New models for fluid structure interaction and thermal stress evolution lead a wide variety of updates.
The new version of Flow-3D computational fluid dynamics software from Flow Science provides two new computational models, symmetrical multiprocessing for faster computation, and a variety of improvements and fixes to existing components.
New to Flow-3D Version 10.0 are two CFD models. Fluid structure interaction and thermal stress evolution models simulate and analyze the deformations of solid components and solidified fluid regions and resulting stresses in response to pressure forces and thermal gradients. The models use a combination of conforming finite-element and structured finite-difference meshes and have broad applications across industries.
Fluid structure interaction describes fully coupled interaction between fluid and solid using a finite element approach to model stresses and deformations in solid components, in response to pressure forces from the surrounding fluid, thermal gradients, and specified constraints. Currently, the model is limited to small deformations.
Thermal stress evolution describes the evolution of stresses and deformations in metal during cooling. Stresses are simultaneously computed in the mold and in solidifying metal with simple options for the interaction between them.
“The addition of the fluid structure interaction and thermal stress models give our users even more sophisticated and fundamental numerical modeling capabilities,” says Michael Barkhudarov, Flow Science’s Vice President of Research and Development.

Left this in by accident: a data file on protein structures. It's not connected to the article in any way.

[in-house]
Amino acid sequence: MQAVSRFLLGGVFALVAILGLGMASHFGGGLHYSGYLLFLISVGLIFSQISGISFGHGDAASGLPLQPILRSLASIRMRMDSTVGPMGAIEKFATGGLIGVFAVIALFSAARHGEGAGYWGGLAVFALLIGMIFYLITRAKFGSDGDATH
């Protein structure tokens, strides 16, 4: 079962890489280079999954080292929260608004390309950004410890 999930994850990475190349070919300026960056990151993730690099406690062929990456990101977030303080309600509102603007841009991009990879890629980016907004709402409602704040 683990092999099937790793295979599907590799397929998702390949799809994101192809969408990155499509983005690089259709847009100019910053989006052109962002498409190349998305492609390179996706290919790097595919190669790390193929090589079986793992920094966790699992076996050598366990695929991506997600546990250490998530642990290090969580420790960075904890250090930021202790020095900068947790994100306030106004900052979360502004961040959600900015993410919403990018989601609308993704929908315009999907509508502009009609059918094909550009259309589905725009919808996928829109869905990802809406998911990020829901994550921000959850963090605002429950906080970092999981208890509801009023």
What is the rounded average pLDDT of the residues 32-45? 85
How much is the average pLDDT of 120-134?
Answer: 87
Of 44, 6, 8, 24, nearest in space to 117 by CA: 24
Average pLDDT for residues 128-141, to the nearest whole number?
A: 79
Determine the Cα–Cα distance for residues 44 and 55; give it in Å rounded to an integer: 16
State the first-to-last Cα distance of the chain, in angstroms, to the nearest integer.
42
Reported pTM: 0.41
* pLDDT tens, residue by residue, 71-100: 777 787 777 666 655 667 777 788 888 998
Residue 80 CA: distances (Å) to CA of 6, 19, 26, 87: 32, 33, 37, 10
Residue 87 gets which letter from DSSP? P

A variety of improvements were made to existing models:
Waves—A new solution added to the surface wave generator model, based on Fourier series, extends the wave generation capability to all periodic non-linear waves. Tsunami waves can be simulated using a solitary wave model, and a random wave generator creates realistic wave conditions at open sea. A periodic wave profile can be used to define fluid initial conditions to speed up the approach to a steady-state wave pattern.
Wind—The definition of the wind shear at the surface of a reservoir has been extended to include time-dependent conditions.
Shallow water—The shallow water model now includes separate models for laminar and turbulent flows, and a way to define Earth rotation by simply defining the latitude. The additions extend the use of the model to large scale flows.
Mass and mass/momentum—The mass and mass/momentum source models have been redesigned so that properties, such as fluid type, density and temperature, mass or volume flow rate, can be defined for individual sources, greatly enhancing the capabilities of the model.
Moisture drying—Two models are now available to describe the evolution of moisture in porous components. A simpler, isothermal model is suitable for sand molds and cores during filling and solidification. The second option uses a more sophisticated two-phase liquid/gas model and is designed to simulate the drying process of porous materials such as paper, fabric and sand cores.
Iron solidification model—The cast iron solidification model describes eutectic and near-eutectic solidification of cast irons, coupled with the Simple Solidification Shrinkage model. The formation of austenite, graphite and carbide phases is also predicted.
Flow-3D Version 10.0 also includes new symmetrical multiprocessing (SMP) parallelization for almost all models. SMP allows the software to take advantage of all processors on multi-core CPUs.
Flow-3D Version 10.0 is now available to existing customers under maintenance contracts. More information at the Flow-3D product page.